Start Date: Jun 07, 2005
End Date: May 20, 2010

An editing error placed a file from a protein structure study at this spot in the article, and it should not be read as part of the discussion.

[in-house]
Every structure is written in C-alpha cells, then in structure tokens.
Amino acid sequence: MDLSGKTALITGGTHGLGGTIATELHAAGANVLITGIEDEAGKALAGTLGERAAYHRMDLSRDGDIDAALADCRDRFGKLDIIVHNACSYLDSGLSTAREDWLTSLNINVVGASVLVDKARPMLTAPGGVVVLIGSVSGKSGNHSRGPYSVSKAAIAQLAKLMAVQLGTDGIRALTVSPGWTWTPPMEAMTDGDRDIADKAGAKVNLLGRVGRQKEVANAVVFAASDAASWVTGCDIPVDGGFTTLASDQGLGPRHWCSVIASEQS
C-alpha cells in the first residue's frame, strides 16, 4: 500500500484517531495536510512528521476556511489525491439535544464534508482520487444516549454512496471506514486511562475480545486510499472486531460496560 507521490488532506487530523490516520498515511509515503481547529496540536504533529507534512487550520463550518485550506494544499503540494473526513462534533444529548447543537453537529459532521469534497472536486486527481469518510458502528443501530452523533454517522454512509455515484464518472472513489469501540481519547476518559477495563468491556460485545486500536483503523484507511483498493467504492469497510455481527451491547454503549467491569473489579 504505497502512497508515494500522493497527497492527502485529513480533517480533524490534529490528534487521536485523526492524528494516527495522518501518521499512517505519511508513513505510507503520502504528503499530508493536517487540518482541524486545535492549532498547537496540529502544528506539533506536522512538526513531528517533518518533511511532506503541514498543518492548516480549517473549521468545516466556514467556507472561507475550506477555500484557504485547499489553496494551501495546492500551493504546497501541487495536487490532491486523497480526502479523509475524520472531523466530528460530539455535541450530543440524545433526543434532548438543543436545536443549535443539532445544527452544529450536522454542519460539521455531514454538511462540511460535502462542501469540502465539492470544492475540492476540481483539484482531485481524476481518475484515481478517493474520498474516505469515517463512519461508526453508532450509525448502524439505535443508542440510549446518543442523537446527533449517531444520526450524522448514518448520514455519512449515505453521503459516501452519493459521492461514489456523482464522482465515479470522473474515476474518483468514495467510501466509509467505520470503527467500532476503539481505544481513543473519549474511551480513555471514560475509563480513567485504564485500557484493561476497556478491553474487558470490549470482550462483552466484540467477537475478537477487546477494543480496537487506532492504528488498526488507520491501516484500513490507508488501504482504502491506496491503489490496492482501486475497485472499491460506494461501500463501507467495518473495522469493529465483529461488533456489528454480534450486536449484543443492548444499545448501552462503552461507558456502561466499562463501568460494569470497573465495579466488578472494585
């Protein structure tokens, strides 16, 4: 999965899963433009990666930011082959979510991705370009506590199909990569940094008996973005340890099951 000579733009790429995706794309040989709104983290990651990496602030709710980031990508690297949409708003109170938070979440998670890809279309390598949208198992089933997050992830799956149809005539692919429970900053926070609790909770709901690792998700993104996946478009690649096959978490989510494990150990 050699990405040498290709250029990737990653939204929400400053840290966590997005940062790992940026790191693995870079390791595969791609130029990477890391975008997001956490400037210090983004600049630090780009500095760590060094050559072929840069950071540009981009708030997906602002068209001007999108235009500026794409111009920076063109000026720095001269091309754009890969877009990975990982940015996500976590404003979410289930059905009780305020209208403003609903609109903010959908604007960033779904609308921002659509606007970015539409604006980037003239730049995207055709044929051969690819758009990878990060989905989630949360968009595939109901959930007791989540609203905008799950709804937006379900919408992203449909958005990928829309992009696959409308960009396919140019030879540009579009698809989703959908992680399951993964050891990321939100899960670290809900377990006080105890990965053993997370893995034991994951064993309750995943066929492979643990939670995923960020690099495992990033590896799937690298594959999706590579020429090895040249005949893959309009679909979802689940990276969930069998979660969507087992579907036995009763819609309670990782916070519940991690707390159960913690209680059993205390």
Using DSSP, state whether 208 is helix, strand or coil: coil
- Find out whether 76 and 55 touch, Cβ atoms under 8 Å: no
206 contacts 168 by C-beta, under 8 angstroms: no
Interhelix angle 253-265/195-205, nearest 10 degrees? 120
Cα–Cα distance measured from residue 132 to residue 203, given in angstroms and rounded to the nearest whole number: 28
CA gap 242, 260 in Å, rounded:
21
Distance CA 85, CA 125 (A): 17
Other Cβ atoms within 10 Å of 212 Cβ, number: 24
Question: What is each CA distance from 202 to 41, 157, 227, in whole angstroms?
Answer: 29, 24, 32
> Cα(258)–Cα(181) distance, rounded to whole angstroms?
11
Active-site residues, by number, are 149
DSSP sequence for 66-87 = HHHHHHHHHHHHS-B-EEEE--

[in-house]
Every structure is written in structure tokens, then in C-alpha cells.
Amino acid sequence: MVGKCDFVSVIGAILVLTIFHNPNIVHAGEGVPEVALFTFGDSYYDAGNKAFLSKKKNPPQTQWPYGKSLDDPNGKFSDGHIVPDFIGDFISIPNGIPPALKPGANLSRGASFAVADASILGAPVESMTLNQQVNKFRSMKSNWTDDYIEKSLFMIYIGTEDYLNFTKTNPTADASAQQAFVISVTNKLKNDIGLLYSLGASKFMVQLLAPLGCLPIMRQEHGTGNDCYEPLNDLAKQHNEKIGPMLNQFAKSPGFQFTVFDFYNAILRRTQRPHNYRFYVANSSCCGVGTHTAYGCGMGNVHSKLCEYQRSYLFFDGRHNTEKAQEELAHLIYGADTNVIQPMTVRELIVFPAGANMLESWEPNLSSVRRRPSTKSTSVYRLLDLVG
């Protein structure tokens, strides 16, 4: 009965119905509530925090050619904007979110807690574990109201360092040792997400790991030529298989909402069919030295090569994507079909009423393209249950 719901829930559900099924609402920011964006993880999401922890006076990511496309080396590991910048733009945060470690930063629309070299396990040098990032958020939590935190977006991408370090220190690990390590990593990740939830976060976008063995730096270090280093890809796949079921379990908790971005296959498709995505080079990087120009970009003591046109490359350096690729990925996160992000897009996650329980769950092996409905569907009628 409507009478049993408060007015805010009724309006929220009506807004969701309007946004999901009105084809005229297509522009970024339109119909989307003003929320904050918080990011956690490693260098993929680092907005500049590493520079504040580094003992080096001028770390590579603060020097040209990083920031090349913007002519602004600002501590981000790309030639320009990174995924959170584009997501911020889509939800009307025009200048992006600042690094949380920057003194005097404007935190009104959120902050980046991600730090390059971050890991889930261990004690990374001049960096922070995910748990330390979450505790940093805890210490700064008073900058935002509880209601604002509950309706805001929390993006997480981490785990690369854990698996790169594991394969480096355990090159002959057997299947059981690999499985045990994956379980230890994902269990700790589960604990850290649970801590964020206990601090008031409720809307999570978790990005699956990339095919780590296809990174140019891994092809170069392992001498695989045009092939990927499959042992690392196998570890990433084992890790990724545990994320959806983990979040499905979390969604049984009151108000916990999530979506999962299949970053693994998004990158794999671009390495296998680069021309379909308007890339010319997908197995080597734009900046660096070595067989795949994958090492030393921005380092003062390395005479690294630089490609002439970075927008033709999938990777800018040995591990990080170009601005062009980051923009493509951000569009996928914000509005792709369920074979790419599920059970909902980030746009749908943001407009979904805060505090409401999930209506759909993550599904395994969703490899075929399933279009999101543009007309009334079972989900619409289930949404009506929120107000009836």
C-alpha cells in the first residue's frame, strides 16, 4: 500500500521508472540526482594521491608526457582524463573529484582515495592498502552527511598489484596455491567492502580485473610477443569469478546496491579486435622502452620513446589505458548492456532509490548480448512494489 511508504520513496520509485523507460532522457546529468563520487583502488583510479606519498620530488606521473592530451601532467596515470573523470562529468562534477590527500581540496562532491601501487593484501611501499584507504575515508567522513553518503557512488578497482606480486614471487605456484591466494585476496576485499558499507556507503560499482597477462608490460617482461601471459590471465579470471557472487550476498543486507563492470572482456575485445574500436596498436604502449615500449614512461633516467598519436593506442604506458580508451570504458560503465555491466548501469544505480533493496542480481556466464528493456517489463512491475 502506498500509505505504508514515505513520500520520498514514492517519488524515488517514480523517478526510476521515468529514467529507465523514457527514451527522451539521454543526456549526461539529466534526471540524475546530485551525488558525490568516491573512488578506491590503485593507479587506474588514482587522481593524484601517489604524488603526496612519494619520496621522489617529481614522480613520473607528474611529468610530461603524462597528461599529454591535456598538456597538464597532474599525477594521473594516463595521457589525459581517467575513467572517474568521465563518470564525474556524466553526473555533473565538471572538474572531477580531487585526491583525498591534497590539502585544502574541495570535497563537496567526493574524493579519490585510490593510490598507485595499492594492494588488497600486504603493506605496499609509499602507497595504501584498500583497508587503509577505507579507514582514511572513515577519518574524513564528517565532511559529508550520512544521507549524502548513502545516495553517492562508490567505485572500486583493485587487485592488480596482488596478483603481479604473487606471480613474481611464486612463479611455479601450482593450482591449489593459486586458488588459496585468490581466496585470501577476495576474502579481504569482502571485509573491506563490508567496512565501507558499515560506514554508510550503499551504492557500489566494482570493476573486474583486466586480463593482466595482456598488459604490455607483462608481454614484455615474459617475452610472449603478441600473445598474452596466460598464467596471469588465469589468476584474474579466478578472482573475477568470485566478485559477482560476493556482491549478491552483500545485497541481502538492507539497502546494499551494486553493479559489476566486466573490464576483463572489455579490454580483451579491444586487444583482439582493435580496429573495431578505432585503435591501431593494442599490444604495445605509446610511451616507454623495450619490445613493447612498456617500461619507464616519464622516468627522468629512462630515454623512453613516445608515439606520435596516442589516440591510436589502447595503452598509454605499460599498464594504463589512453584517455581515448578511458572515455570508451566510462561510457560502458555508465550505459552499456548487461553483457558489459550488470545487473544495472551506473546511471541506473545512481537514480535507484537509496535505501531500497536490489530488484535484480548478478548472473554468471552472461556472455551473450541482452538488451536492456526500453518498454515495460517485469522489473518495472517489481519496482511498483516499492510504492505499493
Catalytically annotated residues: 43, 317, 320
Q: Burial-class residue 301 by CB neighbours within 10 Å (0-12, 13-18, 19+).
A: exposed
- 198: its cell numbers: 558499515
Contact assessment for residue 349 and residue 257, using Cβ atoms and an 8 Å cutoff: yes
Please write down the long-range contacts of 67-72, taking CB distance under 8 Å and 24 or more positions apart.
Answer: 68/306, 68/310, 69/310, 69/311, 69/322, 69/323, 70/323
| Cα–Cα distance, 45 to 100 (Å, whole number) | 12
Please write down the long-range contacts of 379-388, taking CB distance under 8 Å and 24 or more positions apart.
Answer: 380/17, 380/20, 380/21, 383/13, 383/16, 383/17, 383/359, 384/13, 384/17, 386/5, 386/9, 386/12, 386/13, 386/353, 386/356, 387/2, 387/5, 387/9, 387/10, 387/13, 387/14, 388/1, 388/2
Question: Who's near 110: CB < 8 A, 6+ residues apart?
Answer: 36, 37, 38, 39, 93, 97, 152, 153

Develop and use bioassay experiments to identify allelopathic and non-allelopathic cole crop and watermelon genotypes. Evaluate allelopathic and non-allelopathic lines in field and greenhouse experiments to assess the importance of allelopathic potential on weed suppression by the crops. Utilize bioassay guided extraction and chromatography procedures to isolate allelopathic substances for identification by collaborating chemists. Develop rapid techniques to identify allelopathic genotypes using bioassays or simple chemical analyses. Survey watermelon and sweetpotato germplasm collections and identify accessions with aggressive, weed suppressing growth habit. Assess the impact of growth habit on weed interference in greenhouse and field studies. Use the knowledge attained from studies on the effect of allelopathy and growth habit on weed suppression to develop guidelines for use by plant breeders to develop genotypes that are less susceptible to weed interference. Evaluate highly allelopathic sweetpotato lines for yellow nutsedge suppression in field and greenhouse studies. Evaluate ladino clover mulch for weed suppression in sweetpotato and cowpea-sorghum cover crop mulch for weed suppression in collard and cabbage. Compare the weed suppressing ability of several cowpea genotypes in field and greenhouse experiments in order to select those most suited for use as cover crops.